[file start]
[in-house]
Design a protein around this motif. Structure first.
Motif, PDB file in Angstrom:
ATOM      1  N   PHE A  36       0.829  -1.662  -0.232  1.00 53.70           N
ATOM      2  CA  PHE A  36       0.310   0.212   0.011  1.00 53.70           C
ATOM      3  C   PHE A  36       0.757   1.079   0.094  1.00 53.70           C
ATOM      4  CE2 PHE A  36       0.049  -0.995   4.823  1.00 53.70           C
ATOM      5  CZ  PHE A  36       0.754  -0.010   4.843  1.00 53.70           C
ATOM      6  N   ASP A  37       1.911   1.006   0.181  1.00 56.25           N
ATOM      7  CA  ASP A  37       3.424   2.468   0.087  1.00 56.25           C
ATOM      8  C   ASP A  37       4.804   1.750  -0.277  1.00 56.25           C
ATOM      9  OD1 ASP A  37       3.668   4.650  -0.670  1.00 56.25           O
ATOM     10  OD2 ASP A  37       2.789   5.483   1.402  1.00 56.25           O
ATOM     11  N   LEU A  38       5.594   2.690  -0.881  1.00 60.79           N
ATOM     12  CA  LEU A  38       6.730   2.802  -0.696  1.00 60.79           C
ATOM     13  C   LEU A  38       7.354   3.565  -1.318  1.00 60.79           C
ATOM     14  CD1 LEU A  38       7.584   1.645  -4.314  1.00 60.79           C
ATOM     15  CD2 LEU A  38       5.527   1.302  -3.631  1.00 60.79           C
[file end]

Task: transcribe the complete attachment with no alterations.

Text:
[in-house]
Design a protein around this motif. Structure first.
Motif, PDB file in Angstrom:
ATOM      1  N   PHE A  36       0.829  -1.662  -0.232  1.00 53.70           N
ATOM      2  CA  PHE A  36       0.310   0.212   0.011  1.00 53.70           C
ATOM      3  C   PHE A  36       0.757   1.079   0.094  1.00 53.70           C
ATOM      4  CE2 PHE A  36       0.049  -0.995   4.823  1.00 53.70           C
ATOM      5  CZ  PHE A  36       0.754  -0.010   4.843  1.00 53.70           C
ATOM      6  N   ASP A  37       1.911   1.006   0.181  1.00 56.25           N
ATOM      7  CA  ASP A  37       3.424   2.468   0.087  1.00 56.25           C
ATOM      8  C   ASP A  37       4.804   1.750  -0.277  1.00 56.25           C
ATOM      9  OD1 ASP A  37       3.668   4.650  -0.670  1.00 56.25           O
ATOM     10  OD2 ASP A  37       2.789   5.483   1.402  1.00 56.25           O
ATOM     11  N   LEU A  38       5.594   2.690  -0.881  1.00 60.79           N
ATOM     12  CA  LEU A  38       6.730   2.802  -0.696  1.00 60.79           C
ATOM     13  C   LEU A  38       7.354   3.565  -1.318  1.00 60.79           C
ATOM     14  CD1 LEU A  38       7.584   1.645  -4.314  1.00 60.79           C
ATOM     15  CD2 LEU A  38       5.527   1.302  -3.631  1.00 60.79           C